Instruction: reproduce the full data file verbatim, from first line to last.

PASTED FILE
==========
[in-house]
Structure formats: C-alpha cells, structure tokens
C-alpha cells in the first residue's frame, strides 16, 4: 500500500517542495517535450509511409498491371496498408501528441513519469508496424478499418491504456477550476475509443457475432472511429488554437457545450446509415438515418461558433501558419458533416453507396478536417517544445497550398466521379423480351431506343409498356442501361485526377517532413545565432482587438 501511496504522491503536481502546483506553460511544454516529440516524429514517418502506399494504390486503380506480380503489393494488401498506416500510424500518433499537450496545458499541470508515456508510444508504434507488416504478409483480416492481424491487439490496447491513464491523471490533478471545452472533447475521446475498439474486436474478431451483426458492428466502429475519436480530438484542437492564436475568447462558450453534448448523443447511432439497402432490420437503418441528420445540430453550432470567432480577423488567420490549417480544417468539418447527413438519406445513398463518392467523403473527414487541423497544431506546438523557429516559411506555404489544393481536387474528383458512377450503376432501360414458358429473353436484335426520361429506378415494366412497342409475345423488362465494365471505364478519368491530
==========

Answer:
[in-house]
Structure formats: C-alpha cells, structure tokens
C-alpha cells in the first residue's frame, strides 16, 4: 500500500517542495517535450509511409498491371496498408501528441513519469508496424478499418491504456477550476475509443457475432472511429488554437457545450446509415438515418461558433501558419458533416453507396478536417517544445497550398466521379423480351431506343409498356442501361485526377517532413545565432482587438 501511496504522491503536481502546483506553460511544454516529440516524429514517418502506399494504390486503380506480380503489393494488401498506416500510424500518433499537450496545458499541470508515456508510444508504434507488416504478409483480416492481424491487439490496447491513464491523471490533478471545452472533447475521446475498439474486436474478431451483426458492428466502429475519436480530438484542437492564436475568447462558450453534448448523443447511432439497402432490420437503418441528420445540430453550432470567432480577423488567420490549417480544417468539418447527413438519406445513398463518392467523403473527414487541423497544431506546438523557429516559411506555404489544393481536387474528383458512377450503376432501360414458358429473353436484335426520361429506378415494366412497342409475345423488362465494365471505364478519368491530